David Brainerd, the great missionary to the North American Indians, was born in April, 1718 at Haddam, Connecticut. His father, a legislator in Connecticut, died when David was nine years old and his mother died when he was fourteen. He lived with a godly aunt and uncle until he was eighteen and then tried farming for a year at nearby Durham, CT. Though growing up in the local Congregational Church, Brainerd was converted at age twenty-one and then studied at nearby Yale College. He left after a few months with a recurring illness, returning one year later at the height of the evangelical revival at Yale under the preaching ministry of George Whitefield.
In somewhat intemperate zeal, Brainerd spoke in wonder at the Rector of Yale College not falling down dead for fining students for their evangelical zeal, and when he suggested that a tutor had no more grace than a chair, he was expelled from Yale, thus not completing his degree. The State of Connecticut required all ministers to graduate from Yale, Harvard, or a European university and Brainerd was thus denied ordination. He answered the call to become a missionary to American Indians under the auspices of the Scottish Society for Propagating Christian Knowledge.
Brainerd’s life was fraught with recurring illness, loneliness, and depression. If Jonathan Edwards was able to overcome his melancholy through walks in the woods, looking at the beauty of nature, this seemed not to work for Brainerd. In fact, nothing worked to remove his depression. Thankfully it did not result in suicidal thoughts, but it was nonetheless a terrible burden to him.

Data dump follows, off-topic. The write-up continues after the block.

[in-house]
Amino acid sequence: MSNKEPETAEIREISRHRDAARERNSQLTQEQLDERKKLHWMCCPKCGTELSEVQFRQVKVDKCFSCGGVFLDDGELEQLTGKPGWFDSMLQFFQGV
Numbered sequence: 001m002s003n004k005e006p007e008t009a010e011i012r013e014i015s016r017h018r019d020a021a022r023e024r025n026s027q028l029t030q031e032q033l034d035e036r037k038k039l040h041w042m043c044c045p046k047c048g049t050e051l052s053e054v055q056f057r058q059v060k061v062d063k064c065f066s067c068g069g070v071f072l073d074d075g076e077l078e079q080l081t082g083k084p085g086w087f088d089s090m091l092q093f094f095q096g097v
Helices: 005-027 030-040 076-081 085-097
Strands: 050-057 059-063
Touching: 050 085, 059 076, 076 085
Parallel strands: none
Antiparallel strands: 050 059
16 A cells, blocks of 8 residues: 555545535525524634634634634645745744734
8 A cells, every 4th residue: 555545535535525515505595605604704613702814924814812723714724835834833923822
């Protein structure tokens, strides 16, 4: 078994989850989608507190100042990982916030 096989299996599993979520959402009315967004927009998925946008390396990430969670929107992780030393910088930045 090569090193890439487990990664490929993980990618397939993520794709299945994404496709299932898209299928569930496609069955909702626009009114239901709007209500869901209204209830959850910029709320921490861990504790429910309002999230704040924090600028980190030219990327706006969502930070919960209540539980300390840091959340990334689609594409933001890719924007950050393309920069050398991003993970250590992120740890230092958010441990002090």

Brainerd served the Housatonic Indians near Stockbridge, MA and several tribes at the Forks of the Delaware River where hundreds were converted in a very brief time. After a year or so near Lebanon, CT with the Iroquois Indians, Brainerd began losing his battle with tuberculosis. He made his way to the home of Jonathan and Sarah Edwards in May, 1747, where he died on October 10.
Brainerd died at the age of just 29, having been a Christian for only eight years and a missionary for only four years; yet probably no one has had more influence on the modern missionary movement than David Brainerd.
The Trust publishes The Diary and Journal of David Brainerd (edited by Jonathan Edwards).[The story of David Brainerd is also told in the Trust’s publications, They Were Pilgrims (Marcus Loane), Five Pioneer Missionaries (John Thornbury) and – for younger readers – in God Made Them Great (John Tallach).]
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